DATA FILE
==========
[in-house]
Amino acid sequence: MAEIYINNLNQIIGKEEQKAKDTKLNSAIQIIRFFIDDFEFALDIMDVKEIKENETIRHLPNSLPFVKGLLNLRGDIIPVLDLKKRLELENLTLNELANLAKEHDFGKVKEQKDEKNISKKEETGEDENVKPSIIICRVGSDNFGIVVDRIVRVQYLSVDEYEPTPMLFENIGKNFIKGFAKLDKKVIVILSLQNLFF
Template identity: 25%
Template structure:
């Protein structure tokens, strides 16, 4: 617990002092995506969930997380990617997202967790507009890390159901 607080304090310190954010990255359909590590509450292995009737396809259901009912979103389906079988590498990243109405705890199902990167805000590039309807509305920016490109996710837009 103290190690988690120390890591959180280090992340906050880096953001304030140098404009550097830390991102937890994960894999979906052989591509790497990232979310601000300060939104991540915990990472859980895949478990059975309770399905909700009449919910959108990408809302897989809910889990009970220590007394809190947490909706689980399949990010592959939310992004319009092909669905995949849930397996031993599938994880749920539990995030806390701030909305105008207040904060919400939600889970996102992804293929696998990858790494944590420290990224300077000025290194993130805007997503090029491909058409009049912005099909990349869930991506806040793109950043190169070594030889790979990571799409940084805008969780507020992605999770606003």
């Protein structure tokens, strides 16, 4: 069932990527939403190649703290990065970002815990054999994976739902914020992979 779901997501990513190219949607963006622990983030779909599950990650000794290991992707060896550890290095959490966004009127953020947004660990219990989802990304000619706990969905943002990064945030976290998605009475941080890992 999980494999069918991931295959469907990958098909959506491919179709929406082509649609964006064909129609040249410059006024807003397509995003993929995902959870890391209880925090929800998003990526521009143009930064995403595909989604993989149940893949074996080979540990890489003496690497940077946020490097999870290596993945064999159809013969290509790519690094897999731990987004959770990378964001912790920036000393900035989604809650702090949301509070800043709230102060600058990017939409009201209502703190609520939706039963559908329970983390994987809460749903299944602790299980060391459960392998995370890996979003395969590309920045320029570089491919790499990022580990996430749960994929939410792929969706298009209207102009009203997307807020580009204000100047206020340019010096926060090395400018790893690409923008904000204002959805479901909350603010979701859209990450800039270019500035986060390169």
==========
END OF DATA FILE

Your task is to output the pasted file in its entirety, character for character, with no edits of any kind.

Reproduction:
[in-house]
Amino acid sequence: MAEIYINNLNQIIGKEEQKAKDTKLNSAIQIIRFFIDDFEFALDIMDVKEIKENETIRHLPNSLPFVKGLLNLRGDIIPVLDLKKRLELENLTLNELANLAKEHDFGKVKEQKDEKNISKKEETGEDENVKPSIIICRVGSDNFGIVVDRIVRVQYLSVDEYEPTPMLFENIGKNFIKGFAKLDKKVIVILSLQNLFF
Template identity: 25%
Template structure:
């Protein structure tokens, strides 16, 4: 617990002092995506969930997380990617997202967790507009890390159901 607080304090310190954010990255359909590590509450292995009737396809259901009912979103389906079988590498990243109405705890199902990167805000590039309807509305920016490109996710837009 103290190690988690120390890591959180280090992340906050880096953001304030140098404009550097830390991102937890994960894999979906052989591509790497990232979310601000300060939104991540915990990472859980895949478990059975309770399905909700009449919910959108990408809302897989809910889990009970220590007394809190947490909706689980399949990010592959939310992004319009092909669905995949849930397996031993599938994880749920539990995030806390701030909305105008207040904060919400939600889970996102992804293929696998990858790494944590420290990224300077000025290194993130805007997503090029491909058409009049912005099909990349869930991506806040793109950043190169070594030889790979990571799409940084805008969780507020992605999770606003």
């Protein structure tokens, strides 16, 4: 069932990527939403190649703290990065970002815990054999994976739902914020992979 779901997501990513190219949607963006622990983030779909599950990650000794290991992707060896550890290095959490966004009127953020947004660990219990989802990304000619706990969905943002990064945030976290998605009475941080890992 999980494999069918991931295959469907990958098909959506491919179709929406082509649609964006064909129609040249410059006024807003397509995003993929995902959870890391209880925090929800998003990526521009143009930064995403595909989604993989149940893949074996080979540990890489003496690497940077946020490097999870290596993945064999159809013969290509790519690094897999731990987004959770990378964001912790920036000393900035989604809650702090949301509070800043709230102060600058990017939409009201209502703190609520939706039963559908329970983390994987809460749903299944602790299980060391459960392998995370890996979003395969590309920045320029570089491919790499990022580990996430749960994929939410792929969706298009209207102009009203997307807020580009204000100047206020340019010096926060090395400018790893690409923008904000204002959805479901909350603010979701859209990450800039270019500035986060390169």